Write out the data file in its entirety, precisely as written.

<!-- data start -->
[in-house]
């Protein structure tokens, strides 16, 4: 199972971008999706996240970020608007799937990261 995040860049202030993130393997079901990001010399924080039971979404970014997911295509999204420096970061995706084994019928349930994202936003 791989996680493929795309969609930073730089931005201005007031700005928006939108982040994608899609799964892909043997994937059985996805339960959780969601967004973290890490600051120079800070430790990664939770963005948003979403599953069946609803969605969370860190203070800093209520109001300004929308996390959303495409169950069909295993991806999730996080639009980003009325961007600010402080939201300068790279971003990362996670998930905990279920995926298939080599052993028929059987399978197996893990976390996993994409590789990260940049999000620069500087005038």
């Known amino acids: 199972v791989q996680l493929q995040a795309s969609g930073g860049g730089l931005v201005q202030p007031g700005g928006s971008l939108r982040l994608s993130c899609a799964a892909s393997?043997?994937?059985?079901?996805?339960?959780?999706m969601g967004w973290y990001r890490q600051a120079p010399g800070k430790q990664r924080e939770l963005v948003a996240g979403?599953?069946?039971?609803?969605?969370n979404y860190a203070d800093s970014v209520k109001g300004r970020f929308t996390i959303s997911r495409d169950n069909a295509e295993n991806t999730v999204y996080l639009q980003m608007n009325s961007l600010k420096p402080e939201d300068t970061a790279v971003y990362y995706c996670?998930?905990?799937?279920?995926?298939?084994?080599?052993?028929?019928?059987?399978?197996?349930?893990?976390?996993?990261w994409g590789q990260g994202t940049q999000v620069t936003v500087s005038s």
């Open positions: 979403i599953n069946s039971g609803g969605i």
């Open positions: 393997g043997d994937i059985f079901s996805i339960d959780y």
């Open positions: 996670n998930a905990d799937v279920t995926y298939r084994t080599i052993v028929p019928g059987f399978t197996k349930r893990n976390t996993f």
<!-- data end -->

[in-house]
């Protein structure tokens, strides 16, 4: 199972971008999706996240970020608007799937990261 995040860049202030993130393997079901990001010399924080039971979404970014997911295509999204420096970061995706084994019928349930994202936003 791989996680493929795309969609930073730089931005201005007031700005928006939108982040994608899609799964892909043997994937059985996805339960959780969601967004973290890490600051120079800070430790990664939770963005948003979403599953069946609803969605969370860190203070800093209520109001300004929308996390959303495409169950069909295993991806999730996080639009980003009325961007600010402080939201300068790279971003990362996670998930905990279920995926298939080599052993028929059987399978197996893990976390996993994409590789990260940049999000620069500087005038």
């Known amino acids: 199972v791989q996680l493929q995040a795309s969609g930073g860049g730089l931005v201005q202030p007031g700005g928006s971008l939108r982040l994608s993130c899609a799964a892909s393997?043997?994937?059985?079901?996805?339960?959780?999706m969601g967004w973290y990001r890490q600051a120079p010399g800070k430790q990664r924080e939770l963005v948003a996240g979403?599953?069946?039971?609803?969605?969370n979404y860190a203070d800093s970014v209520k109001g300004r970020f929308t996390i959303s997911r495409d169950n069909a295509e295993n991806t999730v999204y996080l639009q980003m608007n009325s961007l600010k420096p402080e939201d300068t970061a790279v971003y990362y995706c996670?998930?905990?799937?279920?995926?298939?084994?080599?052993?028929?019928?059987?399978?197996?349930?893990?976390?996993?990261w994409g590789q990260g994202t940049q999000v620069t936003v500087s005038s």
């Open positions: 979403i599953n069946s039971g609803g969605i």
């Open positions: 393997g043997d994937i059985f079901s996805i339960d959780y």
């Open positions: 996670n998930a905990d799937v279920t995926y298939r084994t080599i052993v028929p019928g059987f399978t197996k349930r893990n976390t996993f």